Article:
Gradle: creating executable jars for DropWizard

Some days ago, I created a Simple REST interface for my Open Source Epub organizer. I used the excellent DropWizard documentation, which guides you through the process. However, the DropWizard documentation uses Maven. While that’s not really a problem, I’m trying to switch to Gradle.

For creating a executable jar in Gradle, there are some plugins available, like the FatJar, UberJar. It’s also explained in a sample DropWizard project. However, if you look at the forks, all the forks are different. Some of them use FatJar, some use UberJar, some switched from one to the other, etc. It’s a bit of a mess. Fortunately, there’s also support from Gradle itself, and while the documentation is a bit minimal in this area, it works very nicely.

Running a ./gradlew jar will create an artifact in the build/libs directory. You can then run java -jar build/libs/epub-organizer-dropwizard-1.0.jar, et voila, the executable DropWizard jar is working:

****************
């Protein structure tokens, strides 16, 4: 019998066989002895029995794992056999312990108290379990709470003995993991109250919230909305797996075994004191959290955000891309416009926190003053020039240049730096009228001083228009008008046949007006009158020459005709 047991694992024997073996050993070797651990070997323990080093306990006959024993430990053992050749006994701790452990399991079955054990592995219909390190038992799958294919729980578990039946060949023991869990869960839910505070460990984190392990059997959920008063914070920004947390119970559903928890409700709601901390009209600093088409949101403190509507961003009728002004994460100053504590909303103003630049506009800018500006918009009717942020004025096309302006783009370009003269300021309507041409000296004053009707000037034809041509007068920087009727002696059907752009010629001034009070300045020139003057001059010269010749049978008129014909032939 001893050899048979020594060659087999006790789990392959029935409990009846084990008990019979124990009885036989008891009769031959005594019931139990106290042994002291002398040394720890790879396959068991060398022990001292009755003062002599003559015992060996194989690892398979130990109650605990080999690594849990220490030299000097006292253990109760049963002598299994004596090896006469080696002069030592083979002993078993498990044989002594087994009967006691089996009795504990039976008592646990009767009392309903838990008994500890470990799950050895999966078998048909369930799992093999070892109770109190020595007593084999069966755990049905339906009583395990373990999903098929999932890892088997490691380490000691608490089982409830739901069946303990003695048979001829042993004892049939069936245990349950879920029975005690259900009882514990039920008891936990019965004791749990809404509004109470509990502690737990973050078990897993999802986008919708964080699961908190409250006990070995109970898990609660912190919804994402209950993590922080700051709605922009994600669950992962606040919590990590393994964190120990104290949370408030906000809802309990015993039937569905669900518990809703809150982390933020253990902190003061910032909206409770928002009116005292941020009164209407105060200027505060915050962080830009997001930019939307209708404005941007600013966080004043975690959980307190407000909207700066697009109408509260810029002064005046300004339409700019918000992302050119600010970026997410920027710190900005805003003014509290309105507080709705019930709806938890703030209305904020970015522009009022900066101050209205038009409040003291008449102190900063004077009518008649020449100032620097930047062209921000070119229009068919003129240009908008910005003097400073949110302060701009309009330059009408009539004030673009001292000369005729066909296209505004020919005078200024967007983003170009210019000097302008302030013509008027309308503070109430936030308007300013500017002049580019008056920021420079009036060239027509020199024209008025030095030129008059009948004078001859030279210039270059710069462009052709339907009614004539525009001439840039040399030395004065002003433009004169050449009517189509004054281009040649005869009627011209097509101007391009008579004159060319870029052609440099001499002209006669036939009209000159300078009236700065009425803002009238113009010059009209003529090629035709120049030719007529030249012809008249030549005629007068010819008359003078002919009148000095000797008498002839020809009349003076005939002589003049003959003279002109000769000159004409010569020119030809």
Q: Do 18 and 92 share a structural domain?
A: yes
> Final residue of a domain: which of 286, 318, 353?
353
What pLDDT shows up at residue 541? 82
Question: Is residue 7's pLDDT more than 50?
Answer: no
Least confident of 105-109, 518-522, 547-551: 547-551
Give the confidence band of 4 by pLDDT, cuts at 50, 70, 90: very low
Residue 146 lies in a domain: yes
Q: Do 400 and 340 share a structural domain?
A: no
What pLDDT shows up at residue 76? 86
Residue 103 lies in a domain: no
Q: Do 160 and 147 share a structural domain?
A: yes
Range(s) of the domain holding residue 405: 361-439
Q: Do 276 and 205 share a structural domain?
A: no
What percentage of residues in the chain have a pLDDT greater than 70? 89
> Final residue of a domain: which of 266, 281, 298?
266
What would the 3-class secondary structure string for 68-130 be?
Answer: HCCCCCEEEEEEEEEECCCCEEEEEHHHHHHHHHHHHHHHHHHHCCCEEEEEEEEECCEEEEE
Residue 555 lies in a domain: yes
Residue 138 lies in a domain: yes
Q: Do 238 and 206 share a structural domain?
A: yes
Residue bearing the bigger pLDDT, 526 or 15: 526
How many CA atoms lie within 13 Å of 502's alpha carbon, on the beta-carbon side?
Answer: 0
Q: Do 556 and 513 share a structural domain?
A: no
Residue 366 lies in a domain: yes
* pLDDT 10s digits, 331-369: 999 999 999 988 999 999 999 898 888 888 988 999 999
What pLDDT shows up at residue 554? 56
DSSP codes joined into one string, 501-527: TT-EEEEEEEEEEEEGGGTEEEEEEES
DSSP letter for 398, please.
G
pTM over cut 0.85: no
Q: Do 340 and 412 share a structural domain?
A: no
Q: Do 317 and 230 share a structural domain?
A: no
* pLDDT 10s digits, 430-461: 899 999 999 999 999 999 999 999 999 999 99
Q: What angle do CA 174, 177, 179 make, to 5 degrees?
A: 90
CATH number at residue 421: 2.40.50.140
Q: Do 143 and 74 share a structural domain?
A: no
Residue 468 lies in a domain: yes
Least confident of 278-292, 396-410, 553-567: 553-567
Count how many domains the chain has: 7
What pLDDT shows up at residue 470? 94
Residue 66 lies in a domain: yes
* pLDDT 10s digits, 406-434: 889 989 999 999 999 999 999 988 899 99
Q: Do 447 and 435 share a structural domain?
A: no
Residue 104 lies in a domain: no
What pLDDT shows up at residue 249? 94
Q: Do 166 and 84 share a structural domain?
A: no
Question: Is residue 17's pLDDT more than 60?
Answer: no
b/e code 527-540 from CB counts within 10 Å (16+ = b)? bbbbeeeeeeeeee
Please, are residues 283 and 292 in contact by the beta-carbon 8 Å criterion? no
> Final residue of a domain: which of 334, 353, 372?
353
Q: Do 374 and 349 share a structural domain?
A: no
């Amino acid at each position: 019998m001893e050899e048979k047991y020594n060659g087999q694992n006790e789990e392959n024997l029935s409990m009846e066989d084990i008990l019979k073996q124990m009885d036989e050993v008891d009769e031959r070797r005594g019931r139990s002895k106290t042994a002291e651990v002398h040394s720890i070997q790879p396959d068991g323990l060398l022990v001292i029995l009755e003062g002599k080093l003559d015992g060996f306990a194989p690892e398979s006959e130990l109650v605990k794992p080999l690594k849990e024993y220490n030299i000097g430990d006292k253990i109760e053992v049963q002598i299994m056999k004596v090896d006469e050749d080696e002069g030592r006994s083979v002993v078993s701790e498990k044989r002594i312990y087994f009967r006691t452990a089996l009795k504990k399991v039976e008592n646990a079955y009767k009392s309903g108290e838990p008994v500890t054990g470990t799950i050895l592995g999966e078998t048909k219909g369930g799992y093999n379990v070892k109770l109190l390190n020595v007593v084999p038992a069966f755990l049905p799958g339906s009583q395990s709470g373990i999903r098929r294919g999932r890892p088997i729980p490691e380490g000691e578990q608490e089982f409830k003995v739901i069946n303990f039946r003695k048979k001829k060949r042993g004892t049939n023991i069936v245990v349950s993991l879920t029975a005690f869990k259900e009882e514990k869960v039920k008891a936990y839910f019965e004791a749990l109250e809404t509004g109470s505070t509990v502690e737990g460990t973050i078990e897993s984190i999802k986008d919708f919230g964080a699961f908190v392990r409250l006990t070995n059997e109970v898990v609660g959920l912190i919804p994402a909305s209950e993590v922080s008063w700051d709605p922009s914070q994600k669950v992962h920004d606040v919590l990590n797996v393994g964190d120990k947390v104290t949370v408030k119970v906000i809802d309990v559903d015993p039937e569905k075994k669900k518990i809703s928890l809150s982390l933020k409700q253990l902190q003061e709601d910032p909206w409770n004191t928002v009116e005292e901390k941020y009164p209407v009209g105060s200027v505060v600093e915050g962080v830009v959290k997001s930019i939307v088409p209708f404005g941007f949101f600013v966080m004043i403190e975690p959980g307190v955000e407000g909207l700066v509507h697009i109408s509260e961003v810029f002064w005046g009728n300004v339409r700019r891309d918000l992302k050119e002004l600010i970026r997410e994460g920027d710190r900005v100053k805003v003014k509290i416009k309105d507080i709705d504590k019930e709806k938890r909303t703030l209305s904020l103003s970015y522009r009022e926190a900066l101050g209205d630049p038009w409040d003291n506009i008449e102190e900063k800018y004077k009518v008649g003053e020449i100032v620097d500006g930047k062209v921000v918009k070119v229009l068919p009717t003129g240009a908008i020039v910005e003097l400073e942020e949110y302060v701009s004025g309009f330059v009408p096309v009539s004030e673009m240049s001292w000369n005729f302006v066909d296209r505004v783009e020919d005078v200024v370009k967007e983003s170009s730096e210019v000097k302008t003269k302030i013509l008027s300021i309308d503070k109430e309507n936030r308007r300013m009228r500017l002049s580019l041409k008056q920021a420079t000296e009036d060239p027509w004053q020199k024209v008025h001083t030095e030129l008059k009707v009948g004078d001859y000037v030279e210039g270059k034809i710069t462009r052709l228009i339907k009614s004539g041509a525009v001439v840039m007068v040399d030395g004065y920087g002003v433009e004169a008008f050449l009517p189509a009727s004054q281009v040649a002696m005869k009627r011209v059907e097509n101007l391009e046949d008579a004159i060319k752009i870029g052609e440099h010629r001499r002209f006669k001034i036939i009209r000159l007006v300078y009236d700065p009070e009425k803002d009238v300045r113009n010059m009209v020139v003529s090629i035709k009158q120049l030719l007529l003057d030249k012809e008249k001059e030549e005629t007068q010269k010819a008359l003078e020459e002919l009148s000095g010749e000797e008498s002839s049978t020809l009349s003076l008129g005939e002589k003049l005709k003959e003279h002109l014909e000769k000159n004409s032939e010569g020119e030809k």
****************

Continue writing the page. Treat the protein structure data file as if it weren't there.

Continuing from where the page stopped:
usage: java -jar epub-organizer-dropwizard-1.0.jar
[-h] [-v] {server} ...

positional arguments:
{server} available commands

optional arguments:
-h, --help show this help message and exit
-v, --version show the service version and exit

If you want to test the DropWizard application without building a jar, that’s also possible. For that, you can use the Gradle application plugin, in the following way:

You need to define the mainClass and optionally a run block, which will pass the arguments to the main application. Running ./gradlew run will then run the DropWizard application:

GET /hello-world (nl.jworks.epub.dropwizard.resources.HelloWorldResource)

INFO [2013-07-16 18:33:15,863] com.yammer.dropwizard.config.Environment: tasks =

POST /tasks/gc (com.yammer.dropwizard.tasks.GarbageCollectionTask)

INFO [2013-07-16 18:33:16,457] org.eclipse.jetty.server.AbstractConnector: Started InstrumentedBlockingChannelConnector@
INFO [2013-07-16 18:33:16,463] org.eclipse.jetty.server.AbstractConnector: Started SocketConnector@

In short, no need for extra plugins, but using the Gradle core functionality most of your requirements to create executable jars should be covered.

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